mythologies and folklores which the Hindus regarded as history. In short,
everything that was good about India today was because of Muslims. Conversely,
everything that was bad among the Muslims was because of Hindu influence!
Thus the Muslims, because of centuries of living among the
Hindus, had adopted customs and practices which were clearly un-Islamic and
which must be repudiated for bringing back the glory of Islam and Muslims. In his other work, The Musalman
(1977), he terms Muslim practices during certain festivals like Muharram
and Urs to be completely un-Islamic which has no sanction anywhere else
in the Muslim world, particularly within the Arabian heartland. This exercise
of measuring religious practices of a community through an Arabian standard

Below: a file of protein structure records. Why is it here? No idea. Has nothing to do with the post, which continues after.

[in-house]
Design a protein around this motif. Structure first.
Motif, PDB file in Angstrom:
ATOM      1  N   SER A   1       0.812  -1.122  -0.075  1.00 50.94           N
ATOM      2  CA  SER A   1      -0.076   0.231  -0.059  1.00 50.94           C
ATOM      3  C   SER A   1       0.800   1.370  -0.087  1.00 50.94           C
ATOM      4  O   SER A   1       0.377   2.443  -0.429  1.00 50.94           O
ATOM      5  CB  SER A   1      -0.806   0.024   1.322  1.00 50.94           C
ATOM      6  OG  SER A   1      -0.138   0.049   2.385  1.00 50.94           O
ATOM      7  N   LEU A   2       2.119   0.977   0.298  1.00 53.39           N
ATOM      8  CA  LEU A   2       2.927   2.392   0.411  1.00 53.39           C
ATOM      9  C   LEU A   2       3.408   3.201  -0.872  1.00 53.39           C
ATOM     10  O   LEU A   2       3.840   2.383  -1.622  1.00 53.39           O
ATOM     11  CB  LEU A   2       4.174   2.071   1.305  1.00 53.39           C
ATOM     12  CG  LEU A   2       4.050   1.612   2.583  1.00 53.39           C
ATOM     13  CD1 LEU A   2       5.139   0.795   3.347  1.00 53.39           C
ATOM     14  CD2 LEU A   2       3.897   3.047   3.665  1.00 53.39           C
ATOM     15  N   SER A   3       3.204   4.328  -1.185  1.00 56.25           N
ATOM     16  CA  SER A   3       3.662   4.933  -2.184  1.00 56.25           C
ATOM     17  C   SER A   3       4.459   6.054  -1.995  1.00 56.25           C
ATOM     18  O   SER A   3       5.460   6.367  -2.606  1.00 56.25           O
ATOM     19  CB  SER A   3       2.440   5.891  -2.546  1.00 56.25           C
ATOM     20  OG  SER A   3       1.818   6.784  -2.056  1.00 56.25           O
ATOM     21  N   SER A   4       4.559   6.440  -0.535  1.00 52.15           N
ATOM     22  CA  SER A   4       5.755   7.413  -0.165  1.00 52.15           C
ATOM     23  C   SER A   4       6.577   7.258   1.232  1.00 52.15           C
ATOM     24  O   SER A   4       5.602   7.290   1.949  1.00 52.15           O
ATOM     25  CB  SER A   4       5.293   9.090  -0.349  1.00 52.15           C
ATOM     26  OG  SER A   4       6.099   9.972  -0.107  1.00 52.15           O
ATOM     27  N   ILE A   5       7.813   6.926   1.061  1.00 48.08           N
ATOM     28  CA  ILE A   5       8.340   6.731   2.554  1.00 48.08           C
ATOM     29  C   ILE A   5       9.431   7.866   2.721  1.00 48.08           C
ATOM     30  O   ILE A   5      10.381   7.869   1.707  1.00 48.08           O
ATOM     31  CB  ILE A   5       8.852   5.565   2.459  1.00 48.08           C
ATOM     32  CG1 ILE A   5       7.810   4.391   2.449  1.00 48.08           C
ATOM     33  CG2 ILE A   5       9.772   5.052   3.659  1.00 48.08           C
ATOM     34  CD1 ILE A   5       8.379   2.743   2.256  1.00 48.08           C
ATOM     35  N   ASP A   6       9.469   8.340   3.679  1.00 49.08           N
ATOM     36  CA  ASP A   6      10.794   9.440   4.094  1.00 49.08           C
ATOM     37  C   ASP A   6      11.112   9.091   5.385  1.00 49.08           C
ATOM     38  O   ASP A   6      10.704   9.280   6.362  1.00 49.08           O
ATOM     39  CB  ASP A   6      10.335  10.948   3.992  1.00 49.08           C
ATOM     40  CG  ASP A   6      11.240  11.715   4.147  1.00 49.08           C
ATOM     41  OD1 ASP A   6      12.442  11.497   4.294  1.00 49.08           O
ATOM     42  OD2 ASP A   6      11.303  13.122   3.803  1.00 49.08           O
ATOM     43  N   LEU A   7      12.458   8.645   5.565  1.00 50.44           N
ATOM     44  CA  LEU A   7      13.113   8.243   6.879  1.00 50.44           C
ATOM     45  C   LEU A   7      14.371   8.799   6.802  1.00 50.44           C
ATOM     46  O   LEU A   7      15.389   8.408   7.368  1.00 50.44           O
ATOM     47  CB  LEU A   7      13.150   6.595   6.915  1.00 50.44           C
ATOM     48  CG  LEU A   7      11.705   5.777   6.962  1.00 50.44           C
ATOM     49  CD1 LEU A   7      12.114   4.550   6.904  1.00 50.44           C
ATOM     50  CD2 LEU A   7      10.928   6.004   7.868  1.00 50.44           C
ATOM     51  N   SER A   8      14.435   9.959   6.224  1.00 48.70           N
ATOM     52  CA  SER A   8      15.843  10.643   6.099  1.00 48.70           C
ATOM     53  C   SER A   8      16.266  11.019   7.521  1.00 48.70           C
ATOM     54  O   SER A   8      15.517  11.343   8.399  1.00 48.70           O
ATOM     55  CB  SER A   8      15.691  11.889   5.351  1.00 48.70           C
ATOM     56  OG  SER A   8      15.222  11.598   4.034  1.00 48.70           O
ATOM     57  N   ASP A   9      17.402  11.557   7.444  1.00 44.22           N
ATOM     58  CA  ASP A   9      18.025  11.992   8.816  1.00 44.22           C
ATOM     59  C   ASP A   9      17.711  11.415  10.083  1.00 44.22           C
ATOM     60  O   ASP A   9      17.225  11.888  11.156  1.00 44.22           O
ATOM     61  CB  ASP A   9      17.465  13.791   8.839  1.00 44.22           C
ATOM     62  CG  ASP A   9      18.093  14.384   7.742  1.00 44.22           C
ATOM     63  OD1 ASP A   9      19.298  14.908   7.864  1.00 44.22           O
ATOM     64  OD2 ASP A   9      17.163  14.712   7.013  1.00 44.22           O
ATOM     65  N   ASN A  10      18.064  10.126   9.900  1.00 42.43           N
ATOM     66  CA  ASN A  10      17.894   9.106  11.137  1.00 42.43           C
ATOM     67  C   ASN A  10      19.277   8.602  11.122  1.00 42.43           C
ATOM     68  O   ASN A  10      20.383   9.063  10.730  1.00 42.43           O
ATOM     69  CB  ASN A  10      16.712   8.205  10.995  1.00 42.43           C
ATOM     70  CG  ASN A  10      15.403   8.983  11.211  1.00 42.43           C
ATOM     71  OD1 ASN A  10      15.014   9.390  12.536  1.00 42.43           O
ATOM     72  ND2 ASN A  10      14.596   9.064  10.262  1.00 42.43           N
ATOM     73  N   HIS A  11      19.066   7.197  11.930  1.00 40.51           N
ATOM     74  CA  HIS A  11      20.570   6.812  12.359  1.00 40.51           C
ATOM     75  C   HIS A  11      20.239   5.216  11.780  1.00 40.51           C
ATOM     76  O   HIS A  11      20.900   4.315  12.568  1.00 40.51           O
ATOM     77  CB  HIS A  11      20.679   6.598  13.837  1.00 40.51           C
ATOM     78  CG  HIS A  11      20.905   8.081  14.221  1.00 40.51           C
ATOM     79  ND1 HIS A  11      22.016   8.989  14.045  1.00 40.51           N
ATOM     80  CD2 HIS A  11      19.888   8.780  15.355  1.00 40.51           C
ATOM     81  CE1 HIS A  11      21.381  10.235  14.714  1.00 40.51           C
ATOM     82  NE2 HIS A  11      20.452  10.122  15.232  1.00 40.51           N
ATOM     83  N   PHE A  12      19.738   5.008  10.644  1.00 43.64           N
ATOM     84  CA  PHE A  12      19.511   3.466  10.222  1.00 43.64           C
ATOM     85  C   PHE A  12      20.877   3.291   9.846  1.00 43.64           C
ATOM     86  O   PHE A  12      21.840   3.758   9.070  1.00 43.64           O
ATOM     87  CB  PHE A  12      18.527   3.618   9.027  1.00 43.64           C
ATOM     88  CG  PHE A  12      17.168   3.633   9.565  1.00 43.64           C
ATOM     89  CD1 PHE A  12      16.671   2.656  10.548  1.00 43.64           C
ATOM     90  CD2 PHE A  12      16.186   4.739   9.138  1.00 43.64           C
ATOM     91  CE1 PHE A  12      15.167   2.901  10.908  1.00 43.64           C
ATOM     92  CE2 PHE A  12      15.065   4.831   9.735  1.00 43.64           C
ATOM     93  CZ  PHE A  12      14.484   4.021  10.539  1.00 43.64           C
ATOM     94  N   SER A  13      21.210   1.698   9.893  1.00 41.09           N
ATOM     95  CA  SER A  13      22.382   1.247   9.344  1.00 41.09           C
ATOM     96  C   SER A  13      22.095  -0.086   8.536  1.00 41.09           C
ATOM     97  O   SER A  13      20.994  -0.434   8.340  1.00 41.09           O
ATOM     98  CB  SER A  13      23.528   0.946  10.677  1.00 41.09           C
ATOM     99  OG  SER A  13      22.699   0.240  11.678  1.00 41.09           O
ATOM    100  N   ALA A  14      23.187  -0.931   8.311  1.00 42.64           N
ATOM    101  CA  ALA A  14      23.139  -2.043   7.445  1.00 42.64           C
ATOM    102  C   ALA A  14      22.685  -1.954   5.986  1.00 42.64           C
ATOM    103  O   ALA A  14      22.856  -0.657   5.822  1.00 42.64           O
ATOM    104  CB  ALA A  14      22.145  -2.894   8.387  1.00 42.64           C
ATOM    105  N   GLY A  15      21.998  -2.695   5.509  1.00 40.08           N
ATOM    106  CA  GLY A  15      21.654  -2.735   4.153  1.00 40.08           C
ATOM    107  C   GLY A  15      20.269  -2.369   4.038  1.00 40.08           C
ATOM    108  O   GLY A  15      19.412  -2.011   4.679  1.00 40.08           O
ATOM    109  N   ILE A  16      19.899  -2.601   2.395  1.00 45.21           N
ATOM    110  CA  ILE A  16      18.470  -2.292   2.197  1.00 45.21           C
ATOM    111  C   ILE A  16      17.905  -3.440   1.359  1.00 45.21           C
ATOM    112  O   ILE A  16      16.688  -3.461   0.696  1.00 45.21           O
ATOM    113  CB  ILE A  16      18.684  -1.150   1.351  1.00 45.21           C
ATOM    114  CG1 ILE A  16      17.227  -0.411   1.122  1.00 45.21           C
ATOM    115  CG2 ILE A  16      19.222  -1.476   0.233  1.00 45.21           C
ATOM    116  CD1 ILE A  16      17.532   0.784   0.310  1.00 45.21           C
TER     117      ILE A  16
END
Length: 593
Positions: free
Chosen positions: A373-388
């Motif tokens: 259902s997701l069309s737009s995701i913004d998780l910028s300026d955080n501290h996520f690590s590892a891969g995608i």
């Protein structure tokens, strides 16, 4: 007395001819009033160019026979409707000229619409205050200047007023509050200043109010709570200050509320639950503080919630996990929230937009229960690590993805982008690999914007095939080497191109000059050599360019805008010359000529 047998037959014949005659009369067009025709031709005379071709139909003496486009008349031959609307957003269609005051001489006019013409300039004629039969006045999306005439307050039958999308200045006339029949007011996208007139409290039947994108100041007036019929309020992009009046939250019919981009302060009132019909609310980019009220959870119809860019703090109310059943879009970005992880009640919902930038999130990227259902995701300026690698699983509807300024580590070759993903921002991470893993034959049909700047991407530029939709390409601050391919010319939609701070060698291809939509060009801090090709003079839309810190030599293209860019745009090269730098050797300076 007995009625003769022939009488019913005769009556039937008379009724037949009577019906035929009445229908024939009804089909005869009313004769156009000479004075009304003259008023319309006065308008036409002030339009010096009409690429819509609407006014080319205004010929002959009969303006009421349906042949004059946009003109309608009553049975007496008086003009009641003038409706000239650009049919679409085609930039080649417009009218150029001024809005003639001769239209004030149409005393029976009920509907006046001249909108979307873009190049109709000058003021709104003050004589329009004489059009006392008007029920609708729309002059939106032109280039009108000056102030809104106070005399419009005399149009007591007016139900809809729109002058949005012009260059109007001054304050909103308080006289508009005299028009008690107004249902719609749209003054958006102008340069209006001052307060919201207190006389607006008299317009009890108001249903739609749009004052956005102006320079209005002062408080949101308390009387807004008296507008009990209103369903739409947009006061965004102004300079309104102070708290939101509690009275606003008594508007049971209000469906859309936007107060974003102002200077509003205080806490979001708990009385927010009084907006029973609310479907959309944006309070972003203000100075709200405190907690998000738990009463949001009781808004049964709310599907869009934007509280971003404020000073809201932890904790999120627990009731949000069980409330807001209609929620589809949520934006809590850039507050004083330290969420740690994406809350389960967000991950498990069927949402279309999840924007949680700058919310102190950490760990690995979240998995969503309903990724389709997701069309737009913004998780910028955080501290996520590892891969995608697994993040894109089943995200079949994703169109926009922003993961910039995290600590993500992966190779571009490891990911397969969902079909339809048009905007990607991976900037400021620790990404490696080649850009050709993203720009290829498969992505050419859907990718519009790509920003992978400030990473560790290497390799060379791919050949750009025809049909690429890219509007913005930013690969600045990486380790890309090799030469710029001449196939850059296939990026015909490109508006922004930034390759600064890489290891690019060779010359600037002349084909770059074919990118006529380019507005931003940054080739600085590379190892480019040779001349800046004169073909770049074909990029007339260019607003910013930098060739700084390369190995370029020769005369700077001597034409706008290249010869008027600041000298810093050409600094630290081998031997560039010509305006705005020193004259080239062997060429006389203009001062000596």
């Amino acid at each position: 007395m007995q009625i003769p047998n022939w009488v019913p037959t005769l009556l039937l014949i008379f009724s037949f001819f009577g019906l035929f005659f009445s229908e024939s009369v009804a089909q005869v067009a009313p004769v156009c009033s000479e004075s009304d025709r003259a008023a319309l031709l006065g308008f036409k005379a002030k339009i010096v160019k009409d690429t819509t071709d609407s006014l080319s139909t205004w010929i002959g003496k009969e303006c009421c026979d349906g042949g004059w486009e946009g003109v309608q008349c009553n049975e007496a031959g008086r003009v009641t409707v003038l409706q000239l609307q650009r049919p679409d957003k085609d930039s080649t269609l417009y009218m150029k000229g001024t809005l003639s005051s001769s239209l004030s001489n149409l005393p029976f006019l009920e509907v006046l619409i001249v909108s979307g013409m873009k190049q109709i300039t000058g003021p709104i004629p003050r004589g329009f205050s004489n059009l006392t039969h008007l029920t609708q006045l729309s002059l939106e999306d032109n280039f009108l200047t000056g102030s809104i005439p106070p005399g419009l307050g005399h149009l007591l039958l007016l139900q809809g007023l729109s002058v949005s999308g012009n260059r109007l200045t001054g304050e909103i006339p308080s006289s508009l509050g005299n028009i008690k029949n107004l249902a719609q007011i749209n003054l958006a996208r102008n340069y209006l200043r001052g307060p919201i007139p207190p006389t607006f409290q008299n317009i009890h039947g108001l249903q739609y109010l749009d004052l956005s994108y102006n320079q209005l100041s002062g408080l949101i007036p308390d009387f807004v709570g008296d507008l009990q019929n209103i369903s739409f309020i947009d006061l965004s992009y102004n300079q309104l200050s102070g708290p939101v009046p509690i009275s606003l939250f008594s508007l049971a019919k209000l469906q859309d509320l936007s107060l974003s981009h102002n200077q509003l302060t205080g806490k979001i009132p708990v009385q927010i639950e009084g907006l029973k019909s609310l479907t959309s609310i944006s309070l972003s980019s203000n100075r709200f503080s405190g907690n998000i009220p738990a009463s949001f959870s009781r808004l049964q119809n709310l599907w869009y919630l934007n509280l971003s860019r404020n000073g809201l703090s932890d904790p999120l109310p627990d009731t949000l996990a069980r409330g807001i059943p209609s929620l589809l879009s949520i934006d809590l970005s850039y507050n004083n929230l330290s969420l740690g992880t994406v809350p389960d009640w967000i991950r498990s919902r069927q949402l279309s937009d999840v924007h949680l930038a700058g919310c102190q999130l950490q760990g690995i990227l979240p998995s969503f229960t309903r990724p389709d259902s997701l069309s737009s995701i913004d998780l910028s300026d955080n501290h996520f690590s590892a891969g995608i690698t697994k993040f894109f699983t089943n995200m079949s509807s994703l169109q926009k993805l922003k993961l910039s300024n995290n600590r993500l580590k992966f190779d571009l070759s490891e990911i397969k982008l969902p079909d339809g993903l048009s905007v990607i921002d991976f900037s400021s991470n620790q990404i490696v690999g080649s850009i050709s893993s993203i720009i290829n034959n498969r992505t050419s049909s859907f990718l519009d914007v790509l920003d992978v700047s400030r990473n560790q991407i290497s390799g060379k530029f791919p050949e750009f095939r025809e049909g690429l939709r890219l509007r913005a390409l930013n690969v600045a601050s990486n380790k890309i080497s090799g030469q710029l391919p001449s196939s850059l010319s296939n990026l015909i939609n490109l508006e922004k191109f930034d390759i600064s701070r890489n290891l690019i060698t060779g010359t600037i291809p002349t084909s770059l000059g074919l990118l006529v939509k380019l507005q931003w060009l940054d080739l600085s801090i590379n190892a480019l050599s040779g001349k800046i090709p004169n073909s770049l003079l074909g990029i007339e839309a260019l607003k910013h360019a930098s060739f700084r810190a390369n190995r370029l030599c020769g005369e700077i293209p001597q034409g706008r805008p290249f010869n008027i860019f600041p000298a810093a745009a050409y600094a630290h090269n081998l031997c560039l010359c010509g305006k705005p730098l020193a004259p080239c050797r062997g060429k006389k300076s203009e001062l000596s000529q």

places the majority of the Indian Muslims under the need of express reform. In
fact Nadwi expresses satisfaction when he notes that some of these seemly
un-Islamic customs are being given up due to the increasing influence of
Islamic education. Thus we see that in Nadwi, Islamic superiority is coupled
with the need to curb internal plurality within Muslims.
What an irony then, that even as Nadwi is credited as someone who tried to foster mutual understanding between Hindus and Muslims, in his writings, what is Indian about Muslim culture turns out for the most part not to be “Islamic” at all. Nadwi is at pains to emphasize the loyalty and devotion of India’s Muslims to the nation-state as well as the need for communal harmony between Muslims and Hindus. But this harmony is predicated not on similarities between the two communities, still less on a religious and cultural symbiosis; it is predicated rather on a recognition of their distinct, immutable identities. Such a methodology hardly augurs well for a composite living together of Hindus and Muslims. Rather, in Nadwi, what we get is a distinct politics of anti-pluralism predicated on a disdain for Hindus and an unquestioning superiority in all things Arab and Islamic.
A newageislam.com columnist, Arshad Alam is a New Delhi based writer